Are You a Mediocre or Masterful Messenger?

Don't be the person who "just" forwards emails.

Are You a Mediocre or Masterful Messenger?

When I first joined Google, I spent my first few weeks learning about different cross-functional teams and what they worked on.

My informal onboarding was done by a colleague, who patiently explained to me what each team worked on. But for one team in particular, he half-jokingly quipped:

"This team? They just forward emails to us."

He was both right and wrong.

You see, my colleague's sarcasm was partly justified. Clearly he felt that something was missing in his previous interactions with that team. He expected more than just information dissemination (rightfully so), and clearly not everyone met his bar.

But he was also not entirely right. Because I would learn later on that folks on this team played a critical role in activating product strategy (and most were great at it). So in that sense he was mistaken: this team did way more than just forward emails.

So why the disconnect?


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The truth about "messengers" at work

Over the years, I have found two things to be true:

  1. People underestimate the value that comes from socializing information well – especially in big organizations.
  2. People also underestimate what it takes to do socialize information well. They usually don't do enough.

In my story, the issue was never about whether folks on that team were glorified messengers or not. Everybody plays some kind of messenger role sometimes; there is nothing inherently pejorative about it.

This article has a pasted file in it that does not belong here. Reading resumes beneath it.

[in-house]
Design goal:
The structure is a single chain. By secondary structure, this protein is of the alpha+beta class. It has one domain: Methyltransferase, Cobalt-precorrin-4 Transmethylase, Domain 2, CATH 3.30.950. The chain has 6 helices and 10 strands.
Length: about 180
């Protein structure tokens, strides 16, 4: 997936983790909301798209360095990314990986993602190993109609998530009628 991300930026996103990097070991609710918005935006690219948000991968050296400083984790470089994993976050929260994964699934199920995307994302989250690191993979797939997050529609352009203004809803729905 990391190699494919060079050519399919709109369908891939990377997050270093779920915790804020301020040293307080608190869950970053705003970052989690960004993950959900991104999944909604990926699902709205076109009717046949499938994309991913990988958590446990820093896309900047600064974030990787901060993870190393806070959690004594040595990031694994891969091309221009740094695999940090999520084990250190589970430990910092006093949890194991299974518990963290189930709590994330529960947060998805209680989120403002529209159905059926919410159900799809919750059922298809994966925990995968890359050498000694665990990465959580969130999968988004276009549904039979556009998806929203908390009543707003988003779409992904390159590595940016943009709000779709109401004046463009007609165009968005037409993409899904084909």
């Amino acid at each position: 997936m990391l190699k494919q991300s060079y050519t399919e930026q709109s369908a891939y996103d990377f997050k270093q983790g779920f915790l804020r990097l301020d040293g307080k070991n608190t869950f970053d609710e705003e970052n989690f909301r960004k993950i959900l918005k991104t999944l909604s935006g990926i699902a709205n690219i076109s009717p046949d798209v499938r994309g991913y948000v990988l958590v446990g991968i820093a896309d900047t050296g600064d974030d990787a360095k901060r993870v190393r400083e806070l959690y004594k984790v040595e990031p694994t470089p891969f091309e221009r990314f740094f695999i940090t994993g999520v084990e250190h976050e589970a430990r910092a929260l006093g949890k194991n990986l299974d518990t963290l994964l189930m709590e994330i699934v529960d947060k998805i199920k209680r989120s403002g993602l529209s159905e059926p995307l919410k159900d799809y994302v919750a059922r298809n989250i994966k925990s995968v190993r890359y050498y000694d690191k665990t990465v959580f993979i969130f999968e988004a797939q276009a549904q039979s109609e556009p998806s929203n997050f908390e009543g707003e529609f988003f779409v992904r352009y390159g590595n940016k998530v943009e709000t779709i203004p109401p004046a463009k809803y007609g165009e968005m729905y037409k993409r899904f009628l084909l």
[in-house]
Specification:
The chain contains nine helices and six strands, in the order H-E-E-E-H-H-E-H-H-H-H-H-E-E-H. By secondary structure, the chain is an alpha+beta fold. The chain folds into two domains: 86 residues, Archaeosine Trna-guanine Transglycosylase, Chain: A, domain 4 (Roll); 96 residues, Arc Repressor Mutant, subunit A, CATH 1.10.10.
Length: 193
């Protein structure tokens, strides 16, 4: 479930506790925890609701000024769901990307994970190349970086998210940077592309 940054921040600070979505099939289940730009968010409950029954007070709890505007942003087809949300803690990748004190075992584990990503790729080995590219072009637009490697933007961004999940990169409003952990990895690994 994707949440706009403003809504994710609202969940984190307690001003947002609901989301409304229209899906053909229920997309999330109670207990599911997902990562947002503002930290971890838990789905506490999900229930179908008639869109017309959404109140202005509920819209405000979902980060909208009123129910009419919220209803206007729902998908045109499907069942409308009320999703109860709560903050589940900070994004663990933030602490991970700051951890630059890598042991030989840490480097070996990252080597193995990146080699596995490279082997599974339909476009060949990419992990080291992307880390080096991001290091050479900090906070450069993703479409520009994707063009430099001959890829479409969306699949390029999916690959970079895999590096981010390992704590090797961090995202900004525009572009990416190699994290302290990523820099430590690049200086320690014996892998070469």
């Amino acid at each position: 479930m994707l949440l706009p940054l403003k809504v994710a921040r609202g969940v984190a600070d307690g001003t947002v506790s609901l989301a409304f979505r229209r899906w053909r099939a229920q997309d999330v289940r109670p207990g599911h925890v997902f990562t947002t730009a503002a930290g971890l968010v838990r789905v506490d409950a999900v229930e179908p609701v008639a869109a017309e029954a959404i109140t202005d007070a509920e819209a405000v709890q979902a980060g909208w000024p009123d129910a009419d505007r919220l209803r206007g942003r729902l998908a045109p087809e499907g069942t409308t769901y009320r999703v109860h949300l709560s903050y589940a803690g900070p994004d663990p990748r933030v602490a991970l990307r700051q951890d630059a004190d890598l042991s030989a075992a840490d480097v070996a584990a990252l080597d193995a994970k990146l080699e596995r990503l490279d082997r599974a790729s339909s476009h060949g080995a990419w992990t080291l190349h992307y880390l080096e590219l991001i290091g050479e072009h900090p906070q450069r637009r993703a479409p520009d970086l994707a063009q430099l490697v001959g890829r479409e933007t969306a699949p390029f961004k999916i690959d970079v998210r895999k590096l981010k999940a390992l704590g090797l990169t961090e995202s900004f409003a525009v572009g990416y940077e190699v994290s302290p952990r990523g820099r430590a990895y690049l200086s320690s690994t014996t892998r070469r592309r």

But of course, there are mediocre messengers – and then there are masterful messengers.

And in today's issue, we'll talk about what separates them.

Let's start by talking about the common symptoms of a "mediocre" messenger.


❌ Lack of curation

The mediocre messenger believes that more is better (or at least can't hurt). So they do things like:

  • Write (or forward) a ton of emails
  • Provide extreme detail during updates
  • Passes on all messages equally, unfiltered

But it turns out that oversupply of information is just as harmful as undersupply. Well-intentioned attempts to increase transparency and share information can easily end up creating stakeholder fatigue.

(Case in point: we all know that one person who forwards anything and everything.)

Information dissemination isn't just about maximizing the flow. It's about controlling it.


❌ Lack of context

Mediocre messengers simply pass on information. They forget to help contextualize (or even commentate) to help their audience make sense of whatever information they're socializing.

So they end up doing things like:

  • Giving people detailed updates (but not establishing why people should care)
  • Forwarding many documents to people (but neglecting to call out the sections that matter)